But it was also clear that an all-round increase in wealth threatened the destruction – indeed, in some sense was the destruction – of a hierarchical society… For if leisure and security were enjoyed by all alike, the great mass of human beings who are normally stupefied by poverty would become literate and would learn to think for themselves; and when once they had done this, they would sooner or later realise that the privileged minority had no function, and they would sweep it away. 

A permanent condition of peace, then, is only possible if economic, sociological and political surrogates for war can be found, and it is the purpose of the report to identify and evaluate such surrogates. Whether real or fictional, the report is eye-opening and, to the innocent reader, disorienting, like passing through Alice’s looking-glass, or peering through the wrong end of a telescope. Orwell’s paradox becomes clear. Peace is defined as stability. Stability is ensured by war. War, therefore, is peace. 

The report is presented as contingency planning for a world at peace. How could sufficient human product be destroyed, wasted or taken out of the system, without war? How could political authority and class hierarchy be maintained? In a system where nation states no longer make war, how can a credible enemy-image be maintained to unify the population, and sustain political authority?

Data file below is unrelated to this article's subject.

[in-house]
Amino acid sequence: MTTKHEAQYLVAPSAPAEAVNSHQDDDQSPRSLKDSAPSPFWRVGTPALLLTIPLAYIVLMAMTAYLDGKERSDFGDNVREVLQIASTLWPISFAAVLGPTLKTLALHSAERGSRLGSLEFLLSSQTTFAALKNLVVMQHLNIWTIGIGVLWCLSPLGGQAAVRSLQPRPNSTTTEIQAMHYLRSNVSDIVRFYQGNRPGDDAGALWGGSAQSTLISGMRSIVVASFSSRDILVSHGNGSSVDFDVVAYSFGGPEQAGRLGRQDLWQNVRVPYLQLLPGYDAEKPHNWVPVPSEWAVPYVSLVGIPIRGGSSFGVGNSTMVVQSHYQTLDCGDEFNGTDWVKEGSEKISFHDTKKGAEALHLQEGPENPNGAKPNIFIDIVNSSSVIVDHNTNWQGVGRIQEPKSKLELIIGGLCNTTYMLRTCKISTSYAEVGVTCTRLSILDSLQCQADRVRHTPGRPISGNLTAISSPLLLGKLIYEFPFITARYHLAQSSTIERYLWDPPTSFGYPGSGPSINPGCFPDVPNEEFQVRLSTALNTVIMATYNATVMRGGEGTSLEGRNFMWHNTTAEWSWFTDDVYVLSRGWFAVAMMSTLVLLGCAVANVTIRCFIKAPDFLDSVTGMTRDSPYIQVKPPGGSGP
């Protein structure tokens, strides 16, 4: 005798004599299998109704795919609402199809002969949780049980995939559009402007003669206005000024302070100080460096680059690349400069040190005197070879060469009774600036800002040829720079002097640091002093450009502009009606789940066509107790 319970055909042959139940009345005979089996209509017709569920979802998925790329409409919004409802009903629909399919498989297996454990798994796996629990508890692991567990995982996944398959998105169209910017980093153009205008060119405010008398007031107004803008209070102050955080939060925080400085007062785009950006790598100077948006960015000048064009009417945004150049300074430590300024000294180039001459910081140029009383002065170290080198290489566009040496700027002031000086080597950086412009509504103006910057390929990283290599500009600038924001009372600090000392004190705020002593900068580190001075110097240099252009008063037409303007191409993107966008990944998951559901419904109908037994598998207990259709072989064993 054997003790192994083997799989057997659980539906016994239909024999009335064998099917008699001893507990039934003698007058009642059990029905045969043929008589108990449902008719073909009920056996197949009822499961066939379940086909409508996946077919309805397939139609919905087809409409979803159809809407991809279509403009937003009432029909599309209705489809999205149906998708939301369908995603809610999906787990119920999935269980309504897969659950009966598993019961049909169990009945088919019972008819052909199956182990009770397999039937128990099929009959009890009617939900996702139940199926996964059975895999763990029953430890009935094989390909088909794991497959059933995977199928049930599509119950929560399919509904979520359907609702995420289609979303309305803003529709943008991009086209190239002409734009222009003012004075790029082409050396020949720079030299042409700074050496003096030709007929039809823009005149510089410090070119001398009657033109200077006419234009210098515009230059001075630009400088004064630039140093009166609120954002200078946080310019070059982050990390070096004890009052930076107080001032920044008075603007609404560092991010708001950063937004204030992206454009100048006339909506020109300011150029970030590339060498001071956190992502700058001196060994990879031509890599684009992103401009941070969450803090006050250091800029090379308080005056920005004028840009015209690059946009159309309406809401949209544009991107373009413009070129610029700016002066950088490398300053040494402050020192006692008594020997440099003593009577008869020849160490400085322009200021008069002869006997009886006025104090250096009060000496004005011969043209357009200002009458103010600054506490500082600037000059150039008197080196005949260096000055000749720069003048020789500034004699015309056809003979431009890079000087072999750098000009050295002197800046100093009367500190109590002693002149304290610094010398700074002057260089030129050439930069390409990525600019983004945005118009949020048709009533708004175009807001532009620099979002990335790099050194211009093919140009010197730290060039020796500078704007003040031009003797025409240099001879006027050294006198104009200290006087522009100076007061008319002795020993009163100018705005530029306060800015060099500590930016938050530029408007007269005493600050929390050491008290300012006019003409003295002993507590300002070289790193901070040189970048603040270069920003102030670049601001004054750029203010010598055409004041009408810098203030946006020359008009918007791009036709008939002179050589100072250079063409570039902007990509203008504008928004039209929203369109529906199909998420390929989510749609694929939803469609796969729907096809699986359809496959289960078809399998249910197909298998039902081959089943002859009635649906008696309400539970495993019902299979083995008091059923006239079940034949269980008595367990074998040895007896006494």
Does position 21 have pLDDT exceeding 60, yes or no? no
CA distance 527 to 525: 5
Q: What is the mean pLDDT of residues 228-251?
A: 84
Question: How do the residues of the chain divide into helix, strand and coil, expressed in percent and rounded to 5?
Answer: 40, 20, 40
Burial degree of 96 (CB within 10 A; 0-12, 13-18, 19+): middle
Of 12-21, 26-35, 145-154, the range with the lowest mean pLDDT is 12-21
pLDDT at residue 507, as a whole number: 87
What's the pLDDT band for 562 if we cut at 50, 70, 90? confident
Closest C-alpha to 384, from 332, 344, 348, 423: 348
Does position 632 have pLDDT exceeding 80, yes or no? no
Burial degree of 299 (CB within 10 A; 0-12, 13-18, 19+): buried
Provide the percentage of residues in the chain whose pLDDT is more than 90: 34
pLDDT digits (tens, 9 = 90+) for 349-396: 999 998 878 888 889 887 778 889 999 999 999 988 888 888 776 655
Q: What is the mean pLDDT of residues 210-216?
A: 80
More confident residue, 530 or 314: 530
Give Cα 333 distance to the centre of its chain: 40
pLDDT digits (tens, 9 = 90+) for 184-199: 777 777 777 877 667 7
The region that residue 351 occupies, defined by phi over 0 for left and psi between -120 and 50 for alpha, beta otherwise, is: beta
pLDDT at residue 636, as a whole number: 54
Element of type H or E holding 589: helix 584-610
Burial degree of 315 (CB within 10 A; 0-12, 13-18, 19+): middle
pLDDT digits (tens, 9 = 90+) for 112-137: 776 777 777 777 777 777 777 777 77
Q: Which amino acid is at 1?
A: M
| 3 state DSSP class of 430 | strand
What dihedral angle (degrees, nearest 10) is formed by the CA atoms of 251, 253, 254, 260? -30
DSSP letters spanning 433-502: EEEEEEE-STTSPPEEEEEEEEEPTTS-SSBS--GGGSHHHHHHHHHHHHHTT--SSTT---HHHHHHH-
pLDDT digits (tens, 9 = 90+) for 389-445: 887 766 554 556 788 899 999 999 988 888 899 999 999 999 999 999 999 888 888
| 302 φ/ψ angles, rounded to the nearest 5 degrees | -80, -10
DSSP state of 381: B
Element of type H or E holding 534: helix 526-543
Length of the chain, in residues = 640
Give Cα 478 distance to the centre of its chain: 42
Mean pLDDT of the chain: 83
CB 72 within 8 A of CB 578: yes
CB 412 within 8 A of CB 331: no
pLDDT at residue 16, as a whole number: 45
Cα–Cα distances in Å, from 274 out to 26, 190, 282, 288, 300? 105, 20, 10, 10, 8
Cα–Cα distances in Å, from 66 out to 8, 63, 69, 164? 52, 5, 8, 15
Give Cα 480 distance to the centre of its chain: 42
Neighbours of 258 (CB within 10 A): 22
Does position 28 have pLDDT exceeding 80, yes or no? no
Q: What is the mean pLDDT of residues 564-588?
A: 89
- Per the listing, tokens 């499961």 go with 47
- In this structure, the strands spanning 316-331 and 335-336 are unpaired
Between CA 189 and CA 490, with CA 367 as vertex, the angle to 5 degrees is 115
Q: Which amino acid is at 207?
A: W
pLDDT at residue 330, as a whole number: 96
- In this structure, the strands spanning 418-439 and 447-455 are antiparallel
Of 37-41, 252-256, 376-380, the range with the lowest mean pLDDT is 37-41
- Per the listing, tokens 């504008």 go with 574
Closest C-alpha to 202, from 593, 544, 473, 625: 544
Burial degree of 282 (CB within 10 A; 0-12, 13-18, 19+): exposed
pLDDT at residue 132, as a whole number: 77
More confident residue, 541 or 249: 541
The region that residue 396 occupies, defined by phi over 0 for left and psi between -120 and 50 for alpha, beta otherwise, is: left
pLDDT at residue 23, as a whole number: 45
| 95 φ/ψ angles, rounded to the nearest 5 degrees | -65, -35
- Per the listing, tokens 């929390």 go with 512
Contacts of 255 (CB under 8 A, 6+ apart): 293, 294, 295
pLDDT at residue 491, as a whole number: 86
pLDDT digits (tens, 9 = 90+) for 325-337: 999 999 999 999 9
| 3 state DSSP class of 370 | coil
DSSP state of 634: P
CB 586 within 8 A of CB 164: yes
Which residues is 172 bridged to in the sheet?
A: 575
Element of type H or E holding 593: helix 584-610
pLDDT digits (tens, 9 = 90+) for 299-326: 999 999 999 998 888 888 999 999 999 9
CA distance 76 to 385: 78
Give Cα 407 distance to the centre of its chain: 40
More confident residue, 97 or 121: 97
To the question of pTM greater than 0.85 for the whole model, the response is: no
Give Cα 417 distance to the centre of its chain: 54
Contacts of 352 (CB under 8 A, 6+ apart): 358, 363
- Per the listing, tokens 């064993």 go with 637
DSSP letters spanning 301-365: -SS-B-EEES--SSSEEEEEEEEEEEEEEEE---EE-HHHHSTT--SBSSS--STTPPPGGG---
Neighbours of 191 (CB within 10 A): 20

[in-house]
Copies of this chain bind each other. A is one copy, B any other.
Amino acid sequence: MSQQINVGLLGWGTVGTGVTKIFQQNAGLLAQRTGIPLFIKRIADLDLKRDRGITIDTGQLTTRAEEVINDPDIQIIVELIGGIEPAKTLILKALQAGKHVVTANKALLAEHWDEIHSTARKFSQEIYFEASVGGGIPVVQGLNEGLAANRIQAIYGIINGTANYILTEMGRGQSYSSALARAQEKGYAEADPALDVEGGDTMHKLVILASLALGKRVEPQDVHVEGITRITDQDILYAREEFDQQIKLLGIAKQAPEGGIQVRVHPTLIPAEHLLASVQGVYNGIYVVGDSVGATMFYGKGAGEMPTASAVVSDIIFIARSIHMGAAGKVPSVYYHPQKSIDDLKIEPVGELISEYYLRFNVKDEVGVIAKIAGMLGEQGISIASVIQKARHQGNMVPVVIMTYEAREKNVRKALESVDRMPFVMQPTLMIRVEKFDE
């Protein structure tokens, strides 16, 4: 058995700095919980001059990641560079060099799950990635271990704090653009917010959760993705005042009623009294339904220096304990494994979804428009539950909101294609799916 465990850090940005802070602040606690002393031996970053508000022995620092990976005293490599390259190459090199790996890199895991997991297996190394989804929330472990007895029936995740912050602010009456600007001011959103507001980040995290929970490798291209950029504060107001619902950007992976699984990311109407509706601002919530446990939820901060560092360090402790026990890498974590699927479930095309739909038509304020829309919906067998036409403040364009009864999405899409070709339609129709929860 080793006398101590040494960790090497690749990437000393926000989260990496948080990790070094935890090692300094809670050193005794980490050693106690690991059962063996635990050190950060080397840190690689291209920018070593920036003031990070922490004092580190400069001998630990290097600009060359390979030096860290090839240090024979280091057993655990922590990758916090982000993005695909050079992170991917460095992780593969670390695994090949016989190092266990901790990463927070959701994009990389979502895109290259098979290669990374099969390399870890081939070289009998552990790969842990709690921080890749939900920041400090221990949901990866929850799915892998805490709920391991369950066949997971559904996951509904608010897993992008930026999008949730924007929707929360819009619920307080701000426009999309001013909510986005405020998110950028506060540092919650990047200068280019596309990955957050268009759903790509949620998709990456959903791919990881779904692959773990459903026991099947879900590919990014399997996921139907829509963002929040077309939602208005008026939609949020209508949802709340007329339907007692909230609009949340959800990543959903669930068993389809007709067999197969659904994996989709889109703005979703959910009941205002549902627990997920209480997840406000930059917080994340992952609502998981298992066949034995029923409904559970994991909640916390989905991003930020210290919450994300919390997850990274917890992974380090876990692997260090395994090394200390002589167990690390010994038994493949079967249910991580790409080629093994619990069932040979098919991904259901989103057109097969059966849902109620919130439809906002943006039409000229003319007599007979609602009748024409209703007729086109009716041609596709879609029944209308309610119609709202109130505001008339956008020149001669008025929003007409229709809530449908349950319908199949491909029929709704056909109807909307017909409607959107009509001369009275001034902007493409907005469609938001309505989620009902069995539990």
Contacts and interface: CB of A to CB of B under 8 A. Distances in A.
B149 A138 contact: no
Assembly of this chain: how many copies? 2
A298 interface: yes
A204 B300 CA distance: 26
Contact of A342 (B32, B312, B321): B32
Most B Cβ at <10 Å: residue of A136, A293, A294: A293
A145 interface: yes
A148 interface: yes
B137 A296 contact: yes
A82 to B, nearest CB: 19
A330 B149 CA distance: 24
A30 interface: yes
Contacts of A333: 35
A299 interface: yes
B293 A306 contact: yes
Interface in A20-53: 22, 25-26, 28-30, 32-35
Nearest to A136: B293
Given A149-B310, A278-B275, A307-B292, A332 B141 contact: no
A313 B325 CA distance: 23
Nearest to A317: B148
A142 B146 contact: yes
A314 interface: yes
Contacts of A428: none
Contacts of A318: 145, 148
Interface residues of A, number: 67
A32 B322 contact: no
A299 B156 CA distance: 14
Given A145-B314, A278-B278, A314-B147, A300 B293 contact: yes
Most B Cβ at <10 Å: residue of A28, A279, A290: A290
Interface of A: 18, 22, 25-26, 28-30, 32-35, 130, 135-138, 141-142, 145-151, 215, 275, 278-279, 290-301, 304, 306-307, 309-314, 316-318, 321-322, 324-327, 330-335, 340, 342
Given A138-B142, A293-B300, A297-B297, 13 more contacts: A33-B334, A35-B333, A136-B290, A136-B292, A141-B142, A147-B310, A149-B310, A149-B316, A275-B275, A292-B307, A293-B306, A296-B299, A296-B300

The report considers a number of surrogates for war and assesses their feasibility and effectiveness, ultimately concluding that at the present time it is not possible to solve the conundrum. It fulfils its remit to approach the question ‘without preconceived value-assumptions’ by considering ideas such as the reintroduction of slavery in a euphemised and technologically up-to-date form. It even spends time discussing the use of ‘blood-sacrifice’ or ‘blood-games’ along the lines of empires from the past such as the Inca and the Maya. It briefly touches on the proposal of simulating an extra-terrestrial threat to the planet, before concluding that this is currently out of reach technologically. Indeed, it holds back from fully endorsing any of the proposed surrogates, and its conclusions are dominated by the need for ongoing research into the problem. However, one possible surrogate is given considerable space and revisited in the conclusions, and that is the threat of environmental collapse.